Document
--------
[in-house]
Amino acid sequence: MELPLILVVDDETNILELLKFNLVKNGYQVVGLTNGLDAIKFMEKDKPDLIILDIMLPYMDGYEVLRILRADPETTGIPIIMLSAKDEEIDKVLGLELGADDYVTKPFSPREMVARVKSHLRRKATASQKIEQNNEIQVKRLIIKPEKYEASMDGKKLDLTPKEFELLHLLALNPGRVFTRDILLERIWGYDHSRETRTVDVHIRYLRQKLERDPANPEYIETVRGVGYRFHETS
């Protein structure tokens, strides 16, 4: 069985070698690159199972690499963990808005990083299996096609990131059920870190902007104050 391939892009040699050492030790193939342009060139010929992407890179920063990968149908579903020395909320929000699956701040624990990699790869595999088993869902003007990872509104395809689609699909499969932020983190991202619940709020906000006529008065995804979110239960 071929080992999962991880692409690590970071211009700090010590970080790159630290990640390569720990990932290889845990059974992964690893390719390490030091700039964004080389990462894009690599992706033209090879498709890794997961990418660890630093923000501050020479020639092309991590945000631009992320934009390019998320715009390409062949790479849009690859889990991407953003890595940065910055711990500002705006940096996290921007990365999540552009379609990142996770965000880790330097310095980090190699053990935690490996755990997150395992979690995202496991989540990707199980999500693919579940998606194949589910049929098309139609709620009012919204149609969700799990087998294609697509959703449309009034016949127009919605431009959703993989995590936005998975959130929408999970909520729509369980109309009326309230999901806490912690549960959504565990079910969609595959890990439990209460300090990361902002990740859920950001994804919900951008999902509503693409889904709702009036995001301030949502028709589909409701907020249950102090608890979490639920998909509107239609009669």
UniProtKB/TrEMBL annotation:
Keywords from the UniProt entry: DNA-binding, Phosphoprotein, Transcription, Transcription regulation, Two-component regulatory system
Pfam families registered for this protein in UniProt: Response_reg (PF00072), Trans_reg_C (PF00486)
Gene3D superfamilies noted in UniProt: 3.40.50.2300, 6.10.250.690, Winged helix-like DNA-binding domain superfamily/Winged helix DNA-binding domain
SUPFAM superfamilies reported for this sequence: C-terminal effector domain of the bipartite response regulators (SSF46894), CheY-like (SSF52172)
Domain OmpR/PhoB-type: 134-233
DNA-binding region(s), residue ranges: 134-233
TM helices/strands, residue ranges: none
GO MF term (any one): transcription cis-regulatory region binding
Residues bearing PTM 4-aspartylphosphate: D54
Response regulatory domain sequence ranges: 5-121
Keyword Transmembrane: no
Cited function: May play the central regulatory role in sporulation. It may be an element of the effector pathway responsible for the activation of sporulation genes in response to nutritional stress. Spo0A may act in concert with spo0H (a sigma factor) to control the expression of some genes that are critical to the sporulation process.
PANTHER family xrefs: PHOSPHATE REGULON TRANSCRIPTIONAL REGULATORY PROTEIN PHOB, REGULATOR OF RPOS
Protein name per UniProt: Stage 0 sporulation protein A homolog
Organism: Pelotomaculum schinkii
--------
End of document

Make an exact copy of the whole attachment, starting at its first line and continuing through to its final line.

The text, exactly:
[in-house]
Amino acid sequence: MELPLILVVDDETNILELLKFNLVKNGYQVVGLTNGLDAIKFMEKDKPDLIILDIMLPYMDGYEVLRILRADPETTGIPIIMLSAKDEEIDKVLGLELGADDYVTKPFSPREMVARVKSHLRRKATASQKIEQNNEIQVKRLIIKPEKYEASMDGKKLDLTPKEFELLHLLALNPGRVFTRDILLERIWGYDHSRETRTVDVHIRYLRQKLERDPANPEYIETVRGVGYRFHETS
């Protein structure tokens, strides 16, 4: 069985070698690159199972690499963990808005990083299996096609990131059920870190902007104050 391939892009040699050492030790193939342009060139010929992407890179920063990968149908579903020395909320929000699956701040624990990699790869595999088993869902003007990872509104395809689609699909499969932020983190991202619940709020906000006529008065995804979110239960 071929080992999962991880692409690590970071211009700090010590970080790159630290990640390569720990990932290889845990059974992964690893390719390490030091700039964004080389990462894009690599992706033209090879498709890794997961990418660890630093923000501050020479020639092309991590945000631009992320934009390019998320715009390409062949790479849009690859889990991407953003890595940065910055711990500002705006940096996290921007990365999540552009379609990142996770965000880790330097310095980090190699053990935690490996755990997150395992979690995202496991989540990707199980999500693919579940998606194949589910049929098309139609709620009012919204149609969700799990087998294609697509959703449309009034016949127009919605431009959703993989995590936005998975959130929408999970909520729509369980109309009326309230999901806490912690549960959504565990079910969609595959890990439990209460300090990361902002990740859920950001994804919900951008999902509503693409889904709702009036995001301030949502028709589909409701907020249950102090608890979490639920998909509107239609009669």
UniProtKB/TrEMBL annotation:
Keywords from the UniProt entry: DNA-binding, Phosphoprotein, Transcription, Transcription regulation, Two-component regulatory system
Pfam families registered for this protein in UniProt: Response_reg (PF00072), Trans_reg_C (PF00486)
Gene3D superfamilies noted in UniProt: 3.40.50.2300, 6.10.250.690, Winged helix-like DNA-binding domain superfamily/Winged helix DNA-binding domain
SUPFAM superfamilies reported for this sequence: C-terminal effector domain of the bipartite response regulators (SSF46894), CheY-like (SSF52172)
Domain OmpR/PhoB-type: 134-233
DNA-binding region(s), residue ranges: 134-233
TM helices/strands, residue ranges: none
GO MF term (any one): transcription cis-regulatory region binding
Residues bearing PTM 4-aspartylphosphate: D54
Response regulatory domain sequence ranges: 5-121
Keyword Transmembrane: no
Cited function: May play the central regulatory role in sporulation. It may be an element of the effector pathway responsible for the activation of sporulation genes in response to nutritional stress. Spo0A may act in concert with spo0H (a sigma factor) to control the expression of some genes that are critical to the sporulation process.
PANTHER family xrefs: PHOSPHATE REGULON TRANSCRIPTIONAL REGULATORY PROTEIN PHOB, REGULATOR OF RPOS
Protein name per UniProt: Stage 0 sporulation protein A homolog
Organism: Pelotomaculum schinkii